The Journal of Peer Production - New perspectives on the implications of peer production for social change New perspectives on the implications of peer production for social change
Reviews (Towards a New Reconfiguration Among the State, Civil Society and the Market) image

Review A

Reviewer: Jakob Rigi

Title announces a reconfiguration between state, civil society and market.

To start with this is not an academic essay, i.e. a description –analysis of an existing empirical field but a description of a program for change, which is to a great extent projective and speculative. However, this is by no means a weakness as the author tries, though not clearly and coherently, to describe the speculative aspects as extensions of social practices which currently only exist as relatively marginal practices .

Bauwens declared goal is to outline the general aspects of a program for transition from capitalism of a type of social economy. This is a bold and timely undertaking, thus commendable.

However, the description suffers from the following major weaknesses:

  1. It is not well structured, full of repetitions; arguments concerning the same topics and concepts are unnecessarily scattered in the different places. There is no clear and fluent story line within and between different sections. It is clear that the themes and concepts that he picks up all belong to the same family. Yet, Bauwens does not make it adequately clear how one theme/concept is articulated and to next one and to the whole. The ordering of themes seems to be accidental than following a certain logic, though the logic is there. He needs to spell it out more clearly.
  2. Bauwens is theoretically weak. He uses concepts such as value, surplus value, profit, and state in a loose and common place way. He presents them in a way as they are self-evident and not controversial and complex. He does not couch his concepts in special theories of political economy or of the state. He needs to choose one or more of the existing theories of political economy, and state, or present his own theories. The minimum expectation is that he defines the concepts he uses adequately and clearly and uses them consistently through the presentation. He needs to respond to Rigi`s criticism, in tripleC that these categories belong to the capitalist mode of production and cannot be transported to other modes productions. If Bauwnes want to keep these concepts for the period of transition he needs to show how they will operate differently in this period. To argue that they will be different by benefiting people does not answer the question but evades it. The exact question is how will they benefit the people? And why categories which belong to a exploitative system will exist in a period that capitalism is not anymore the dominant mode of production.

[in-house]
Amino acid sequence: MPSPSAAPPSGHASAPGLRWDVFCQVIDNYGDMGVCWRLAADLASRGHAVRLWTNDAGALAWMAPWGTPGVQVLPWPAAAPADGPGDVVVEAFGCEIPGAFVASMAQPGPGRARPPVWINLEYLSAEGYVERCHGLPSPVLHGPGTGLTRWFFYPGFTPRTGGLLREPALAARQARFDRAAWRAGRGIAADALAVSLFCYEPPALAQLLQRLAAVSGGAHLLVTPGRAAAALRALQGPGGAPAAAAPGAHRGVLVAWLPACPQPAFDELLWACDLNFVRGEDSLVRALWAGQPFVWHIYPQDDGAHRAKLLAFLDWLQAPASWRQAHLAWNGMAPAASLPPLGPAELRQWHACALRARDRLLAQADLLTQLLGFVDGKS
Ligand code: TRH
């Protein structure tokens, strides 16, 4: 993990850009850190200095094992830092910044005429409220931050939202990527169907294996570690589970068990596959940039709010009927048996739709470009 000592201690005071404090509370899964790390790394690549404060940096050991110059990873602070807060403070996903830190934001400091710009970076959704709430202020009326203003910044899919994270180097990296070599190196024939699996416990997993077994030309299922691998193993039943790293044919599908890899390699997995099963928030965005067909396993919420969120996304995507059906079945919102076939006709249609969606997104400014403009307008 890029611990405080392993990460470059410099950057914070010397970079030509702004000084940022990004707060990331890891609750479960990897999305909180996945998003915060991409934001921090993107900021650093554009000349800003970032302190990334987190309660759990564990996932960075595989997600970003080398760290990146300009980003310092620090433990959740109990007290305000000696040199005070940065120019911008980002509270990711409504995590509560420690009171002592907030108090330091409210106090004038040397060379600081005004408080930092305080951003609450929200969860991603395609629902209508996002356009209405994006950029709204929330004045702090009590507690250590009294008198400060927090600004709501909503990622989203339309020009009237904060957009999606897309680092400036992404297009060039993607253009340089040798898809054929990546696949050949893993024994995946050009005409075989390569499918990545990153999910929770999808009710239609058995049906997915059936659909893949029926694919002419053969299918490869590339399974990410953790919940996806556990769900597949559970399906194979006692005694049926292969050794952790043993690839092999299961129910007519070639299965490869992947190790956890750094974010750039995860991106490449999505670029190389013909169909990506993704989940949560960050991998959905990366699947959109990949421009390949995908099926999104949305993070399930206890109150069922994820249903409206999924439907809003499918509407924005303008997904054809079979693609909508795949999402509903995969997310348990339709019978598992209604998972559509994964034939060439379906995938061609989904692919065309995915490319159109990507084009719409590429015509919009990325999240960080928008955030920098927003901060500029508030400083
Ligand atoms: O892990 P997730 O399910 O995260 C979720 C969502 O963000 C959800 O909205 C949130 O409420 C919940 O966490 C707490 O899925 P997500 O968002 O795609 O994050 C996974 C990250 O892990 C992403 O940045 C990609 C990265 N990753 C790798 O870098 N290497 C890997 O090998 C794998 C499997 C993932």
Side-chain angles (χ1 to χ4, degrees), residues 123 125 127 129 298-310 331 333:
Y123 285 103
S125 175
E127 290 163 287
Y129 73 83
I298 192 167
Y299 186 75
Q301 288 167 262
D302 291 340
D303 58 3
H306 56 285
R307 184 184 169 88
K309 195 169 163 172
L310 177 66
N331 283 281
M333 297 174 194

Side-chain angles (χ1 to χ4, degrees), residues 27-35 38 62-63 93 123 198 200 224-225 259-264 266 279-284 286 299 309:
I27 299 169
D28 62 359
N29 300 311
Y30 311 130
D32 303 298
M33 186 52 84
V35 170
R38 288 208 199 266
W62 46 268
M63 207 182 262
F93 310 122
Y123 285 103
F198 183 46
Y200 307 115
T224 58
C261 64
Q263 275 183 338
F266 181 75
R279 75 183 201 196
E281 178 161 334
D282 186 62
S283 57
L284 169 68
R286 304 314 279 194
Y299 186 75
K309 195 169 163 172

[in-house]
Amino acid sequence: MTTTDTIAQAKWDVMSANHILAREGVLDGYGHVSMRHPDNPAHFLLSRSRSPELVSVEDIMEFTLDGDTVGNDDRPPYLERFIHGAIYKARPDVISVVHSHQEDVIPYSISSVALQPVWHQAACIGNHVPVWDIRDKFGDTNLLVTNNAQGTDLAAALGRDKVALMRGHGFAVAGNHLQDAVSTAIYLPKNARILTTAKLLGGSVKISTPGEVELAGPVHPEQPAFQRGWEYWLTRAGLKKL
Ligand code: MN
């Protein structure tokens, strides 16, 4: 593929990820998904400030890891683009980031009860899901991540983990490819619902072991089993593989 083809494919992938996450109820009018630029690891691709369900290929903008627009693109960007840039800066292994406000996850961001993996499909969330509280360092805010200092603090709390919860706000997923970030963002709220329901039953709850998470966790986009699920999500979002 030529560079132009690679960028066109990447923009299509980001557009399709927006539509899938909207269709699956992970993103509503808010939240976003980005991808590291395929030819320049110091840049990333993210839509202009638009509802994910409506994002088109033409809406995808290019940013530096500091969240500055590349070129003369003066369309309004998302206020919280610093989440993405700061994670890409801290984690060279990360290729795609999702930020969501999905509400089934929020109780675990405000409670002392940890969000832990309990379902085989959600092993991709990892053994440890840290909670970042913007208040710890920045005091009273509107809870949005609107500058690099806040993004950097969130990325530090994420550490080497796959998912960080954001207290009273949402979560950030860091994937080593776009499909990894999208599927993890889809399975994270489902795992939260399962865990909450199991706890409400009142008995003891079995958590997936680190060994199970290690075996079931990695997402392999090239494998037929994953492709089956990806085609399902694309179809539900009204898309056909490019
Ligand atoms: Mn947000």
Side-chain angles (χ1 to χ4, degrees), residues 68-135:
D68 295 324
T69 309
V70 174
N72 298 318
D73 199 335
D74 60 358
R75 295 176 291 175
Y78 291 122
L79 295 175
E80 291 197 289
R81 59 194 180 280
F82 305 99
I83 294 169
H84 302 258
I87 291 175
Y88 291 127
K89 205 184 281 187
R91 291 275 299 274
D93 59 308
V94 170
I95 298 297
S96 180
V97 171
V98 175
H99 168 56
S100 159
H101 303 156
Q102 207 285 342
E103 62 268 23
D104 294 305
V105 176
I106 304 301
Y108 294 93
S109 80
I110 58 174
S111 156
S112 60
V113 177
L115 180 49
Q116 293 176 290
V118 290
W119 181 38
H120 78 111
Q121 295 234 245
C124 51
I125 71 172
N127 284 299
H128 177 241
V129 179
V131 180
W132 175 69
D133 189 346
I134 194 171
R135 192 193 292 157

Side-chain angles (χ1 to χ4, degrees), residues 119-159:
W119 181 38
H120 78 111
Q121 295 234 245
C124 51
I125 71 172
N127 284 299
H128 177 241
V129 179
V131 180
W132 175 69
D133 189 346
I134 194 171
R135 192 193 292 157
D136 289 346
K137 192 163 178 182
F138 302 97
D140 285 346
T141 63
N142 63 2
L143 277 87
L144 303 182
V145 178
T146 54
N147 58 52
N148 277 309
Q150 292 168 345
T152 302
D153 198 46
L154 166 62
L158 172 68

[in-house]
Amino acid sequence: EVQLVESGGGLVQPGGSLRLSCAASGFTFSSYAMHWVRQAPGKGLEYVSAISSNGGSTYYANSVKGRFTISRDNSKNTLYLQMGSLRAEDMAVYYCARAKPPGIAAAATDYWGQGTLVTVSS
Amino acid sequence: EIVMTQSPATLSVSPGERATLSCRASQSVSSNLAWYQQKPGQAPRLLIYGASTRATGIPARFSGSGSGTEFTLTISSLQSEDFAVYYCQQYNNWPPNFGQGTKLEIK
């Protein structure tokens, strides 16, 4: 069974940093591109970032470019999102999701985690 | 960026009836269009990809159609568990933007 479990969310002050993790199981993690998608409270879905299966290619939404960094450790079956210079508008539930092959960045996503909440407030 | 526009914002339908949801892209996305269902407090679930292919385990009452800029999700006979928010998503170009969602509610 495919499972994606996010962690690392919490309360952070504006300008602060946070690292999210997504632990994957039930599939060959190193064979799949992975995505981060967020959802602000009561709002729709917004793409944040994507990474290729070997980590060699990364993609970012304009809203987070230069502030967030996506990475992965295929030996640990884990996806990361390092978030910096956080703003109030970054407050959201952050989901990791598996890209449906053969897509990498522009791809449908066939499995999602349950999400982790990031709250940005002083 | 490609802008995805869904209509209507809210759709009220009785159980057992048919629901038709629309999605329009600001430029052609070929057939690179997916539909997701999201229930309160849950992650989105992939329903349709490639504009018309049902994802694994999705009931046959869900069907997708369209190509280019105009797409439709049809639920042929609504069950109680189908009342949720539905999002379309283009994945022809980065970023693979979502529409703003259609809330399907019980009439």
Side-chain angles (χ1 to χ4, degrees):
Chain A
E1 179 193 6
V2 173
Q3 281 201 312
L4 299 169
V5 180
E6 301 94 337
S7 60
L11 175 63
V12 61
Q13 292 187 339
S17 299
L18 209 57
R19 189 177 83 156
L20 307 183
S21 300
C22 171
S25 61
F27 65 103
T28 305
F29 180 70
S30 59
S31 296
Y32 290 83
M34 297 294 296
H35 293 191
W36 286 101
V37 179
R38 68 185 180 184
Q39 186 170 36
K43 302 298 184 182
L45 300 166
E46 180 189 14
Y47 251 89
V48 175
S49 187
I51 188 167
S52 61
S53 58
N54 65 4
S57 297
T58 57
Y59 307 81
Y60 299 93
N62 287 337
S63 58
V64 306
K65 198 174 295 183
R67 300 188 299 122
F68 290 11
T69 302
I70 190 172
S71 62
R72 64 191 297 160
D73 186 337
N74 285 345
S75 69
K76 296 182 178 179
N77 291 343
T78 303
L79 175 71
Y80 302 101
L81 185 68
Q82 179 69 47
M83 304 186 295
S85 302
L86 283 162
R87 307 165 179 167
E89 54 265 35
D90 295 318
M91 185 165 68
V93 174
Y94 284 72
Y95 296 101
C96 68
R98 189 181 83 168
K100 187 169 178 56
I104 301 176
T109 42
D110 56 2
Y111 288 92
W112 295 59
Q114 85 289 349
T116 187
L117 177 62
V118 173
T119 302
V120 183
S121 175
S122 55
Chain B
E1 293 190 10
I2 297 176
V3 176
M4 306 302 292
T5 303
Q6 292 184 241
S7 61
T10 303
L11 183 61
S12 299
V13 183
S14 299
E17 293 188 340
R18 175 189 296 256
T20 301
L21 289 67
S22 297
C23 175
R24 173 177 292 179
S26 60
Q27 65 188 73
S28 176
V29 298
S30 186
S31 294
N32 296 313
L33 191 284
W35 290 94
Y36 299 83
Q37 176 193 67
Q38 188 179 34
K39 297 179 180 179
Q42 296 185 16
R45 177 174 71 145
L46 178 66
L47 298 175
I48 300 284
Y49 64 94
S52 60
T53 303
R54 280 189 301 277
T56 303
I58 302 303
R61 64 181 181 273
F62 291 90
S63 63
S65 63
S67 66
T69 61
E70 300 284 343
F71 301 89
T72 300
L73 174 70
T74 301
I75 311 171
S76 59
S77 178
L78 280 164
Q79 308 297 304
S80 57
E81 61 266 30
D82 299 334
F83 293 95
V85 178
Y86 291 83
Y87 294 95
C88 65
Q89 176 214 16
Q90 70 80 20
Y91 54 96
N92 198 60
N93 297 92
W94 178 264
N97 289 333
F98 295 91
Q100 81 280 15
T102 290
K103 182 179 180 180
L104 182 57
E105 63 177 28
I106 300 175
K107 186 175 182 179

3. Bawuns scarcely credits other authors who have contributed to his main concepts. He does not sufficiently credit D. Kleiner for the program of peer producing common –based cooperatives project, he does not credits Adam Arvidson for the idea of ethical economy, and he neither credits Orsi, Michaledes, and Kostakis for the idea of partner state.
  4. He does not deal with critiques, most notably Rigi and Meretz.
  5. He does not describe the Ecuador`s project, its success and failures, and does not tell us whether this experience can or cannot function as an acid test for his program. Further, he makes hints to two other commoning projects one in Italy (a water project) and one in Canada, Quebec, social acre project, without giving a minimum description of these projects and showing why they are evidences that support viability Bauwens` program.


I am have a good familiarity with the topics that Bauwens is discussing, however, after four readings of the paper I have no full grasp of what is offered . The reason is not the difficulty of topics but the unsystematic and hurried way in which they are presented. A main source of structural confusion is Bauwens historical periodization which in fact also leaves the most vital question for his project, namely how the partner state is created, unanswered. His, explicit periodization consists of three stages: the current capitalism; transition period; and social economy. However, there is another period in Bawens` narrative which is not acknowledged. The transition period, among other things, is marked by the existence of the partner state which is different from the current capitalist state. Yet, Bauwens argues that prefigurative practices are possible in the context of the capitalist state. Hence, the projects in Ecuador and Catalonia, the Italian water project and Canadian social care project that he mentions, peer production and other communing practices are prefiguarative practices of a new society and economy in the context of a predominantly capitalist economic, political and juridical order. Now, such prefugurative practices, according to Bauwens scheme, precede the transition period. Bauwens needs to acknowledge this explicitly. Because dealing, with the capitalist state, which he indeed makes contracts with, the example of Ecuador , must be totally a different matter from dealing with a partner state which in the first place is there to support the expansion of the social economy. They need different programs, though some aspects of these programs may overlap. So I suggest the following structure: Introduction / Concepts / The program for prefigurative practice under capitalism, the minimum program / The program for the transition period, the maximum program.